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  • Employers Gain Steam in May and Add 559,000 Jobs

  • Manufacturing and Services Sectors Both Pick Up Gains Despite Supply Chain Issues


U.S. employers added 559,000 jobs in May, below consensus expectations but still double from the previous month. While vaccination rates increased and businesses continue to reopen, half of U.S. states will not offer expanded federal unemployment benefits of $300 per week, and we believe it will take some time to see how labor markets respond. Multiple factors, however, are playing a role in the choppy job recovery as supply chains work through bottlenecks and labor shortages, and as individuals examine health and exposure risks, childcare needs, and returning to work.

The services industry, which took the biggest hit from pandemic lockdowns, continued to lead job creation in May. Leisure and hospitality added 292,000 jobs, accounting for 60% of private payroll gains as scores of people returned to bars and restaurants. Education, health care and social assistance also showed growth. Public and private education added 144,000 jobs as many schools reopened. Health care and social assistance contributed 46,000 jobs to the total as non-pandemic health care needs increased.

The May unemployment rate fell 30 basis points (bps) to 5.8%, the first time it dropped below 6% since the pandemic started. The Job Cut Report from Challenger, Gray and Christmas also showed ongoing improvement. Job cut announcements in May increased to roughly 24,600 from 22,900 in April, a modest increase, but was down about 93.8% YOY, hitting the lowest level observed in two decades.

While jobs are being added back at an encouraging clip, another recent report highlights the challenges of the current imbalance between labor supply and labor demand. The National Federation of Independent Business said in its May report that a record-high number of 48% of small business owners reported unfilled job openings in May, up from 44% in April.

Monthly Change in U.S. Private Payrolls since January 2020


Both the ISM manufacturing and ISM services indices posted solid gains last month in a sign that the recovery is expanding in a range of economic sectors despite supply chain bottlenecks that have limited the availability of some key inputs.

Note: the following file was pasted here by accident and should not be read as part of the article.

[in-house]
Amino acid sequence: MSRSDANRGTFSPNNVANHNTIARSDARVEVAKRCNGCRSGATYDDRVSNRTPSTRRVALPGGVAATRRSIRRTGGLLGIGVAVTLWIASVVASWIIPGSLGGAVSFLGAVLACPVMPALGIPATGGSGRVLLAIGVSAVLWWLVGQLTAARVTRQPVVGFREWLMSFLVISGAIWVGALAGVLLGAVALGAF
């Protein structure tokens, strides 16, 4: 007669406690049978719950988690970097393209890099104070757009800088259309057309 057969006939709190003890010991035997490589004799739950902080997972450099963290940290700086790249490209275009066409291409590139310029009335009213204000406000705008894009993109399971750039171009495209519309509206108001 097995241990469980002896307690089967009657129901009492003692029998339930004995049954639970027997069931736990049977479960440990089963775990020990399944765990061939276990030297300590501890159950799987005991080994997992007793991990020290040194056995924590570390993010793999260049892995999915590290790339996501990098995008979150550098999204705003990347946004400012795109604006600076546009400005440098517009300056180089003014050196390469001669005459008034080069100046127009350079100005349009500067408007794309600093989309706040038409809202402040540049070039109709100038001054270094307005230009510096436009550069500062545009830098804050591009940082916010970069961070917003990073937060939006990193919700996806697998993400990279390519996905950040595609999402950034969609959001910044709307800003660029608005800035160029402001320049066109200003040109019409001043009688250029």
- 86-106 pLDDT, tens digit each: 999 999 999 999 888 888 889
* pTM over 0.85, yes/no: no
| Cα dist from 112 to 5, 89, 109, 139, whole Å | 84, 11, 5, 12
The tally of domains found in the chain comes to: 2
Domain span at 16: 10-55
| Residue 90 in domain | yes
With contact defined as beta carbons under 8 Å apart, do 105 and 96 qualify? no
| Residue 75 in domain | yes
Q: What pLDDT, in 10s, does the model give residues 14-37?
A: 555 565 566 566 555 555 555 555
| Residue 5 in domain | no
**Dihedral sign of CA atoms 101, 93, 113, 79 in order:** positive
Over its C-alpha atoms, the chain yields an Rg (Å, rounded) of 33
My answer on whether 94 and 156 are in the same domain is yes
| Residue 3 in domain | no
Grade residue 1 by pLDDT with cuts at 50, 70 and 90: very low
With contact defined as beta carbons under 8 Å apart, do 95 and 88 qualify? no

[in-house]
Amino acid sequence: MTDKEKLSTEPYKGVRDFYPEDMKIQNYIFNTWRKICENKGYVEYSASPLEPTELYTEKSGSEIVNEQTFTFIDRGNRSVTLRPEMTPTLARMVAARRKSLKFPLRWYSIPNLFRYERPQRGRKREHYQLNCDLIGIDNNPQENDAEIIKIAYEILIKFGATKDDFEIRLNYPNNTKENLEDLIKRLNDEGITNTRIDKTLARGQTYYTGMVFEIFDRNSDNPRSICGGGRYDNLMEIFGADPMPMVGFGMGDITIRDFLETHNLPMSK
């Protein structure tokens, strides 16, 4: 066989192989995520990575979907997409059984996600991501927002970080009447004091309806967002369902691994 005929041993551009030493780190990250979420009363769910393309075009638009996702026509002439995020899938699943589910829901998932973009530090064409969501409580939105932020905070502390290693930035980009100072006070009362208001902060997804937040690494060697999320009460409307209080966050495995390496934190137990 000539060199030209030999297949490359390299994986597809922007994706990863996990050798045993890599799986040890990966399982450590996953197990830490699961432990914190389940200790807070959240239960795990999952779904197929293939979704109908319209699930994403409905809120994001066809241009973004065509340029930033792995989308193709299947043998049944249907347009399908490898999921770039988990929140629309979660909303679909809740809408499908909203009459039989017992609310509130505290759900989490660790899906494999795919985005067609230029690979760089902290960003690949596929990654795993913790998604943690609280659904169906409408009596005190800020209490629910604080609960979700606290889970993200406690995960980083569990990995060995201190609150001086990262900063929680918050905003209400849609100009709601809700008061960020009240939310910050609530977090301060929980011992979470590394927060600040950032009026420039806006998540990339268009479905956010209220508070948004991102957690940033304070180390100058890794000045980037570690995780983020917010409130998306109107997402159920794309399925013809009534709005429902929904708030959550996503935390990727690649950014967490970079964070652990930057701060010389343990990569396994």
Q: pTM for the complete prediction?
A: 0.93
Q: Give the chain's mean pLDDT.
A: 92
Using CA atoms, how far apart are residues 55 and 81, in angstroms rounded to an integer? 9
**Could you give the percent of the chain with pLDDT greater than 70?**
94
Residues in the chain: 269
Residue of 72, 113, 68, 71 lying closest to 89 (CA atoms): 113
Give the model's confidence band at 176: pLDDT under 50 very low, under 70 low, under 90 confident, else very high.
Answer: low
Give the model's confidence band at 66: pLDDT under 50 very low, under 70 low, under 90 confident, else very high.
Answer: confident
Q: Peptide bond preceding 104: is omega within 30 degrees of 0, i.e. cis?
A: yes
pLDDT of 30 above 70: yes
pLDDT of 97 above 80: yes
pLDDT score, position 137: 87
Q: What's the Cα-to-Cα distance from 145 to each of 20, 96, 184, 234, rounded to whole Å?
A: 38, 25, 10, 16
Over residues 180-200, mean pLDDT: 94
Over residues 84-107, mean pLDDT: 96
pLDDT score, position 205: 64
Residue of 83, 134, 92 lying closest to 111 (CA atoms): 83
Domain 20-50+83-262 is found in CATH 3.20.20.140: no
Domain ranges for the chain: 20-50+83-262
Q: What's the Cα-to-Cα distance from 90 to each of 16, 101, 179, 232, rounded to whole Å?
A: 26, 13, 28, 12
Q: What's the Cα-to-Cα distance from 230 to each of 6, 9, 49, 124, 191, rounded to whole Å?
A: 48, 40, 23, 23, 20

The manufacturing index rose from 60.7 to 61.2 during May, holding above 60 for the fourth consecutive month. The index improved on the back of rising new orders as 16 out of 18 manufacturing subsectors reported growth in this area. The production and employment components slowed but remained above the 50 point mark in expansionary territory.

Meanwhile, the services index climbed more than a point to 64.0, the highest level on record for a series that dates back to 1997 and marking the 12th consecutive month above the neutral threshold of 50. All 18 service subsectors reported growth in business activity as well as gains in new orders, suggesting broad-based positive momentum.

The gains in activity took place against a backdrop of supply chain disruptions that led both manufacturers and services providers to report longer supplier delivery times above already elevated levels, but rising stockpiles may mitigate some of these issues moving forward. The Census Bureau reports wholesale inventories increased 0.8% during May, and nonauto retail inventories expanded 0.5%. Retail inventories for vehicles and car parts continue to suffer, however, dropping 7.0% in May due to continued semiconductor shortages.

Retail Inventories to Sales Ratio



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